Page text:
New answers to old questions

Quality Attenuation enables precise answers to questions we could only guess at before:

  • Is the network good enough for interactive traffic?

    • Gaming?

    • Video conferencing?

    • VR?

  • What is causing latency problems?

    • The distance to the server? (Geographical)

    • A low-bandwidth link? (Serialization)

    • Network congestion? (Variability)

  • Which network segment is causing the problem?

  • Which of two links is better for interactive traffic?

Running occasional speed-tests to measure bandwidth is not enough to ensure that the end-user experience is good because sudden increases in latency or packet loss can happen at any time. That is why Quality Attenuation is designed to constantly monitor running networks. Quality Attenuation can be measured using a very small amount of measurement traffic, and it can also be measured by passively observing existing traffic. The overhead costs of measuring are therefore kept to a minimum.

In summary: Quality Attenuation can give ISPs unprecedented insight into how well the network is working for their customers.

Internet Service Providers (ISPs) don’t know whether they are delivering what their customers need. There’s a very good reason for this troubling state of affairs: ISPs sell bandwidth but customers need applications to work well. Bandwidth is certainly important, but ISPs are mostly delivering enough bandwidth already. The relationship between bandwidth and application performance is not at all straightforward, as shown in a recent report by MIT and explained in this blog.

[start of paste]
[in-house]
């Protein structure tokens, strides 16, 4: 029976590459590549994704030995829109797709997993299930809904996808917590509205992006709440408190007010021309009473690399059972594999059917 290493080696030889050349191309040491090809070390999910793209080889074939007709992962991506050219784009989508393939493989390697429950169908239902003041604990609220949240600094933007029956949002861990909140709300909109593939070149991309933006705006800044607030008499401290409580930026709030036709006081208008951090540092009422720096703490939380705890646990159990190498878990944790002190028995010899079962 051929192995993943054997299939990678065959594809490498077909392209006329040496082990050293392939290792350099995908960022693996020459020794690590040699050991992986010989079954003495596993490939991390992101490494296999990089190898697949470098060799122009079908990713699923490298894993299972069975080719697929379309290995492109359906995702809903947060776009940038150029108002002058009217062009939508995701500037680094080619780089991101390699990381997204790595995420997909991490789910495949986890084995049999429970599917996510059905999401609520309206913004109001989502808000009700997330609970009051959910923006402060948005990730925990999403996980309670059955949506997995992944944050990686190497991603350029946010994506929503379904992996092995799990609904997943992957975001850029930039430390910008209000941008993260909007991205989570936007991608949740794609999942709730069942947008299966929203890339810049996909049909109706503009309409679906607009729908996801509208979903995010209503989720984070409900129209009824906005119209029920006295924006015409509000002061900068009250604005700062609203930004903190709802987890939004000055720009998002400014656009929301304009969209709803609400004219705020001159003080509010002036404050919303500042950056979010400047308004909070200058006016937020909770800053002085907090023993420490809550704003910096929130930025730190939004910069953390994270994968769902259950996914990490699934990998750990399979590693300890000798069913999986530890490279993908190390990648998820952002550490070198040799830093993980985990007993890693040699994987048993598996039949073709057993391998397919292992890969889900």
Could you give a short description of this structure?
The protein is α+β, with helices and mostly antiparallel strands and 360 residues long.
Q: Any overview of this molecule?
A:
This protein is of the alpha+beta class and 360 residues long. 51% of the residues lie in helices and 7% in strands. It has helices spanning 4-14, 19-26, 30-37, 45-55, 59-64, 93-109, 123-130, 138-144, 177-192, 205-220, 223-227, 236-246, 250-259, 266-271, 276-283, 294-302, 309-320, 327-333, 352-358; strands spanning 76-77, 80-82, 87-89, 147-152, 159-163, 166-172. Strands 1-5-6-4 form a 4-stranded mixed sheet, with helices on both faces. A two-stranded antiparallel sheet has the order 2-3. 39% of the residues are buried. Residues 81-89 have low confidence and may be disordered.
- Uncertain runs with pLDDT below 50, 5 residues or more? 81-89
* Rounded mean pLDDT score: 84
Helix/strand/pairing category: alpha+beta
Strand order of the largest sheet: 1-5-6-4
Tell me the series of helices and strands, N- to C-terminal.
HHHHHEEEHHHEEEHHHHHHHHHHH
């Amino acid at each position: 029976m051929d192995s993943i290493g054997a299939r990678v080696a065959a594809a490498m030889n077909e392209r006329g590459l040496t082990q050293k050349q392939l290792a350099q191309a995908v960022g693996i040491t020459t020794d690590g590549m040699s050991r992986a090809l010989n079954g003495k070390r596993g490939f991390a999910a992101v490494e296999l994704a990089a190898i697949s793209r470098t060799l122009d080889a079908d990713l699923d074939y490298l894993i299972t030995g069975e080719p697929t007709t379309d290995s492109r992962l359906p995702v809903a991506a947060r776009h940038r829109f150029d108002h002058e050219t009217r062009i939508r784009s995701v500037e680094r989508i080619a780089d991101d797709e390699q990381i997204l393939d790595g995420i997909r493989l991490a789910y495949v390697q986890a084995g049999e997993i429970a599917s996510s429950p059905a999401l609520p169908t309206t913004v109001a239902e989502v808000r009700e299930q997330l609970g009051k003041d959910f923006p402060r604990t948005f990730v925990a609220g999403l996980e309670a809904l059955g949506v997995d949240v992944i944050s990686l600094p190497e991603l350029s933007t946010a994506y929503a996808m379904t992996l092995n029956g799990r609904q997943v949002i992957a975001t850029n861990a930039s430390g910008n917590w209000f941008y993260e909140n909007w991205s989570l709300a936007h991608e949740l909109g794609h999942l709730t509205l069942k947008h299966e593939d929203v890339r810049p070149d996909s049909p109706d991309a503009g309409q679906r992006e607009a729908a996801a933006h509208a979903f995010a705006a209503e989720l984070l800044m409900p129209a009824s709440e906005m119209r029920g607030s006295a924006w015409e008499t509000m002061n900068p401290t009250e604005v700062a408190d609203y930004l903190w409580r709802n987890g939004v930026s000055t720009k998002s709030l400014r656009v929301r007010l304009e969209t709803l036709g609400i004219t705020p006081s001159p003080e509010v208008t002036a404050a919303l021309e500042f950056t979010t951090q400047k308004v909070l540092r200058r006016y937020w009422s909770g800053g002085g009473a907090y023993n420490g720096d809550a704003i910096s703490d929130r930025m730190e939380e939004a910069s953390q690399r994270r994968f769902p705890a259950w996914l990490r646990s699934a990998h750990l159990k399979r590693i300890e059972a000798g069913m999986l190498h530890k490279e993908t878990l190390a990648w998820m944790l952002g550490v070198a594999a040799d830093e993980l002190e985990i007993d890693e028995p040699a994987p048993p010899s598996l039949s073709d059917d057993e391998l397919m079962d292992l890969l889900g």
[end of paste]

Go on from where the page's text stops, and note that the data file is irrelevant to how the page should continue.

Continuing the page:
To do something about this problem, the Broadband Forum (BBF) published a new standard called TR-452.1 under the Quality Experience Delivered (QED) project. The standard describes how to measure Quality Attenuation. Quality Attenuation is powerful because it directly relates to the end-user-perceived quality of experience. It can also be used to find the root cause of performance problems, and to make sure Service Level Agreements (SLAs) are respected.

Quality Attenuation reframes network quality from “How much you can send (bandwidth)” to  “How quickly and reliably you can send something (latency and packet loss)”.